On July 8, 2020, the United States Supreme Court narrowed employment protections from state and federal anti-discrimination laws for religious schoolteachers. In Our Lady of Guadalupe School v. Morrissey-Berru, No. 19-267, the Court held that the First Amendment’s religion clauses foreclose courts from hearing employment-discrimination claims from teachers at religious schools who have at least some role in teaching the faith.
In 2012, the Supreme Court ruled, in Hosanna-Tabor Church v. Equal Employment Opportunity Commission, 565 U.S. 171 (2012), that the “ministerial exception,” which bars ministers from suing churches and other religious institutions for employment discrimination, prohibited a lawsuit filed by a teacher at a Lutheran school who was also an ordained minister. By a vote of 7-2, the Court held that the exception also forecloses lawsuits by two teachers at Catholic elementary schools in southern California. Although the teachers were not ordained ministers, the schools had argued that the exception nonetheless applied because they played a key role in teaching religion to their students, and the Court – in an opinion by Justice Samuel Alito – agreed.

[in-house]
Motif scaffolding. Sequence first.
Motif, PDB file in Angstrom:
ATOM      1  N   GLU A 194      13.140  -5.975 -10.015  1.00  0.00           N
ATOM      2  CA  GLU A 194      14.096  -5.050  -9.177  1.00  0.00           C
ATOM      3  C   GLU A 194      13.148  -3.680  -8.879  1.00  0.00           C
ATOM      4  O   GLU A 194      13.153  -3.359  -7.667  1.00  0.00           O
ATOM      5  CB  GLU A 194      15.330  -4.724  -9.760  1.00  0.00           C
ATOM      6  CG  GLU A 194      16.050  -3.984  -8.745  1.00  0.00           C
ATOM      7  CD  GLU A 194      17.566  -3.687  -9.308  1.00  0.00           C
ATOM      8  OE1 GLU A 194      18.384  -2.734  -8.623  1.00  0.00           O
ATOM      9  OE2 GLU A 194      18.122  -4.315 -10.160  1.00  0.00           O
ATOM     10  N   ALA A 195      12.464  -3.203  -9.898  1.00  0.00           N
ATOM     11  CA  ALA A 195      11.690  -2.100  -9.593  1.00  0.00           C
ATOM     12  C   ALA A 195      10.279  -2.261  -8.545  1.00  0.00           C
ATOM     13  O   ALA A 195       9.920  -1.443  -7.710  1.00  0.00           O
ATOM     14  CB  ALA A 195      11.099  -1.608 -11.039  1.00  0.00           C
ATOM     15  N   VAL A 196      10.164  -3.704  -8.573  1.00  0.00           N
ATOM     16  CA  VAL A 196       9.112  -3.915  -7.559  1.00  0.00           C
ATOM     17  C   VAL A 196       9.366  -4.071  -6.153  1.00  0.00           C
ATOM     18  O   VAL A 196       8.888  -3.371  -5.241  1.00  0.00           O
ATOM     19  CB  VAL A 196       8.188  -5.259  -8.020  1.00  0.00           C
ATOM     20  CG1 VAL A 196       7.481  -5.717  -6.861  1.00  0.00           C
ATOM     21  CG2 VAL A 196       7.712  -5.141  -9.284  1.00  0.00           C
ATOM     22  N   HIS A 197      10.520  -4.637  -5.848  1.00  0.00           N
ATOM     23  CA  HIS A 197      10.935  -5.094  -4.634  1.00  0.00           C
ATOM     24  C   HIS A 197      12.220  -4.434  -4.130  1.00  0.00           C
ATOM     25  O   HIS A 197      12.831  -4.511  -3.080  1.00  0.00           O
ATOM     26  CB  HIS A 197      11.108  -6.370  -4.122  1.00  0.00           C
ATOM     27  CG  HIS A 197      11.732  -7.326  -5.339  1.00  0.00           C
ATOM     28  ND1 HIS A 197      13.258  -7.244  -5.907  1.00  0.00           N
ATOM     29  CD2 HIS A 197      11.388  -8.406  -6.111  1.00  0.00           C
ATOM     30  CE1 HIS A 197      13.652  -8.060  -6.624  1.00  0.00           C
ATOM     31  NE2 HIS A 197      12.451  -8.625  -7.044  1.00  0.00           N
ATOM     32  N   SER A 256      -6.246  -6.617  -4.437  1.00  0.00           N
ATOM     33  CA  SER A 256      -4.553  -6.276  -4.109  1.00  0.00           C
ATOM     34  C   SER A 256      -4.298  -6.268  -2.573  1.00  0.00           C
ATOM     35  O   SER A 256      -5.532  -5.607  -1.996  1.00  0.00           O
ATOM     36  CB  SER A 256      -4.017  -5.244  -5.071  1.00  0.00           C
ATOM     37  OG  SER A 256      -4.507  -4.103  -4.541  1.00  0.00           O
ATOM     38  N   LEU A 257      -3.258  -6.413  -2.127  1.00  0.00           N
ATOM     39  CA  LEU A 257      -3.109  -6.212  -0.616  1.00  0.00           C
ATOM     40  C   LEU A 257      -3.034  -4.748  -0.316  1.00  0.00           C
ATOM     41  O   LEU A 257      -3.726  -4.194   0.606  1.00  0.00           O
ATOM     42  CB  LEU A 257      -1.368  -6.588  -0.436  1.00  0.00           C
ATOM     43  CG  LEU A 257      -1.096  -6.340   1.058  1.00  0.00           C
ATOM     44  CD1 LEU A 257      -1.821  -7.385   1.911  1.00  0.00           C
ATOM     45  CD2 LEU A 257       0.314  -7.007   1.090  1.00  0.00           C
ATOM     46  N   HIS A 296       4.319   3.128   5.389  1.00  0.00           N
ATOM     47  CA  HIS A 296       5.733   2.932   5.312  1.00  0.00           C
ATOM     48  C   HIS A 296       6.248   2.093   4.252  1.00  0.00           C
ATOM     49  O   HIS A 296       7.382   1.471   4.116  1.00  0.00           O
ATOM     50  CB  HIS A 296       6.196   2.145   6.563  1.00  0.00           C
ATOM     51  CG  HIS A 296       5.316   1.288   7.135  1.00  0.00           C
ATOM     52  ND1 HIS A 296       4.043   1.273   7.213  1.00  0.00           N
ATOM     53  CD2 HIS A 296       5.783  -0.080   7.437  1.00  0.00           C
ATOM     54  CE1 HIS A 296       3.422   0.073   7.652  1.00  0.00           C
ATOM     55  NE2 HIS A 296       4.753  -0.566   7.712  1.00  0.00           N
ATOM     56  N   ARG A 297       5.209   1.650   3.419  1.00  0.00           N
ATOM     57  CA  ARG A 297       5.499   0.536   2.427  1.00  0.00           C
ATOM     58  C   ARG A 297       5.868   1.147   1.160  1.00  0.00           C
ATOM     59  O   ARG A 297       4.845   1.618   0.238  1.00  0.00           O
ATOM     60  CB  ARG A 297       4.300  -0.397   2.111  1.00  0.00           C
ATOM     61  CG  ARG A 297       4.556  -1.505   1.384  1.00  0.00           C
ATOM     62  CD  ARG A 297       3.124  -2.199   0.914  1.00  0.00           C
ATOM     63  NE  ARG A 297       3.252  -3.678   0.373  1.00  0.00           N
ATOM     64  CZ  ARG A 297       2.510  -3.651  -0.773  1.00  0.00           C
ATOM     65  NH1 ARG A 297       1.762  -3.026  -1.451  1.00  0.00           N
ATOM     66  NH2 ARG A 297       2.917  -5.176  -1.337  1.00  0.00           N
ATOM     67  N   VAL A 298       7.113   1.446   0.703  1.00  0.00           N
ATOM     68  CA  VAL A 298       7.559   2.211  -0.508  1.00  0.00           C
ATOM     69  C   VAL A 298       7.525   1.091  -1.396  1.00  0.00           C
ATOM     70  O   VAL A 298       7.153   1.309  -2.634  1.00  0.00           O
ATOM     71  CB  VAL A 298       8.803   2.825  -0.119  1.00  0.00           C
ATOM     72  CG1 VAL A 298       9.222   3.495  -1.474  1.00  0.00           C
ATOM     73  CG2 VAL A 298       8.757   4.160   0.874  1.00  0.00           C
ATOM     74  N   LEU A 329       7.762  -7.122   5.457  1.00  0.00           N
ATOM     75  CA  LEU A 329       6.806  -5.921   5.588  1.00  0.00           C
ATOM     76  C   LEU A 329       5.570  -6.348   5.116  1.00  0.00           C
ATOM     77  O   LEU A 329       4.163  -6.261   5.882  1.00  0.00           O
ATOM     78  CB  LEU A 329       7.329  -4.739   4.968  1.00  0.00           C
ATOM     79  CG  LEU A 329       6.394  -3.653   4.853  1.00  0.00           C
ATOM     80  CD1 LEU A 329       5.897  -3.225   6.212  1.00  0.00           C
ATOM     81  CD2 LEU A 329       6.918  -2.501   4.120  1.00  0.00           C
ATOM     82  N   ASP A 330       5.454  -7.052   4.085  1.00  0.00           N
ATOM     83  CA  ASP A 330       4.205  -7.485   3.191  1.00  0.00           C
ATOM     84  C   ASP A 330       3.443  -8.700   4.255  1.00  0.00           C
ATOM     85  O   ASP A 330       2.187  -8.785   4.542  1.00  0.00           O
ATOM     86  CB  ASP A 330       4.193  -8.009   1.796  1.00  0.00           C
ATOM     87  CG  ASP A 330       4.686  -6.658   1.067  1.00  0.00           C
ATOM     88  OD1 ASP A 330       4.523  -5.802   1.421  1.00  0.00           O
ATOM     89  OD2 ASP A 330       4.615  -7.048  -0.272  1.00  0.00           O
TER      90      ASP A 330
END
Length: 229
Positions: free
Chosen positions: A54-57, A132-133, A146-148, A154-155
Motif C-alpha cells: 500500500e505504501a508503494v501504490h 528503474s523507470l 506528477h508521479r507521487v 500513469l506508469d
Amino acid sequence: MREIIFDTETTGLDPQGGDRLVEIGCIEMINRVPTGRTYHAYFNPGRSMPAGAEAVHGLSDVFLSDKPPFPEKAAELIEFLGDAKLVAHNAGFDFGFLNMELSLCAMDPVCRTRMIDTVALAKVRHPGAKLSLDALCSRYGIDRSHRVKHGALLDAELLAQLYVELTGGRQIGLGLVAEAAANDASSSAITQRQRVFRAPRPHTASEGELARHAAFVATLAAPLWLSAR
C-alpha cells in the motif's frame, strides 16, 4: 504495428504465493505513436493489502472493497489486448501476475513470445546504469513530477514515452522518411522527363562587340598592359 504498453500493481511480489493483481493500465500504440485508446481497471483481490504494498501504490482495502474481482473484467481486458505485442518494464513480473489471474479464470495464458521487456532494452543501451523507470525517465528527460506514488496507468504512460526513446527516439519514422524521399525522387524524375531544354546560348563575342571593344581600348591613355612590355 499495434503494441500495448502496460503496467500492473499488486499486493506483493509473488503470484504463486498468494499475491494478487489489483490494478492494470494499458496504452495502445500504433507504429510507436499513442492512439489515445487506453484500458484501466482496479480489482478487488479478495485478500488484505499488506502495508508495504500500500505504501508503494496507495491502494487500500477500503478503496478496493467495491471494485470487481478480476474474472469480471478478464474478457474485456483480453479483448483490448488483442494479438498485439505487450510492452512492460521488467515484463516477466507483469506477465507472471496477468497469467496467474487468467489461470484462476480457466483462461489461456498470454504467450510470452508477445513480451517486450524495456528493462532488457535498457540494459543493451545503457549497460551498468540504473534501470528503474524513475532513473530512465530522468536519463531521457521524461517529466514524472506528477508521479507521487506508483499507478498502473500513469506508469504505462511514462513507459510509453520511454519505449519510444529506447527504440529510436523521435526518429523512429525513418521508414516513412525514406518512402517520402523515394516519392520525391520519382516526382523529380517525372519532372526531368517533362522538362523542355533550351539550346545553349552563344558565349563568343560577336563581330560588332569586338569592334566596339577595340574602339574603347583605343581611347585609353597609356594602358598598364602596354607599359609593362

The decision came in a pair of cases, against parish schools in the Los Angeles area. Agnes Morrissey-Berru taught at Our Lady of Guadalupe School in Hermosa Beach for nearly two decades before she was told that her contract would not be renewed. Morrissey-Berru went to federal court, where she claimed that she had been the victim of age discrimination. The district court threw out the lawsuit, agreeing with the school that the ministerial exception applied. The second plaintiff, Kristen Biel, sued St. James School in Torrance when – not long after she disclosed that she was being treated for breast cancer – the school failed to renew her contract. Biel claimed that the school had discriminated against her because she had cancer, but the district court agreed with the school that Biel’s lawsuit was barred by the ministerial exception. The United States Court of Appeals for the 9th Circuit reinstated both teachers’ lawsuits. It reasoned that the ministerial exception normally applies when an employee plays a “religious leadership” role, but that Biel and Morrissey-Berru played a more limited role, mostly “teaching religion from a book.” The schools went to the Supreme Court, which reversed.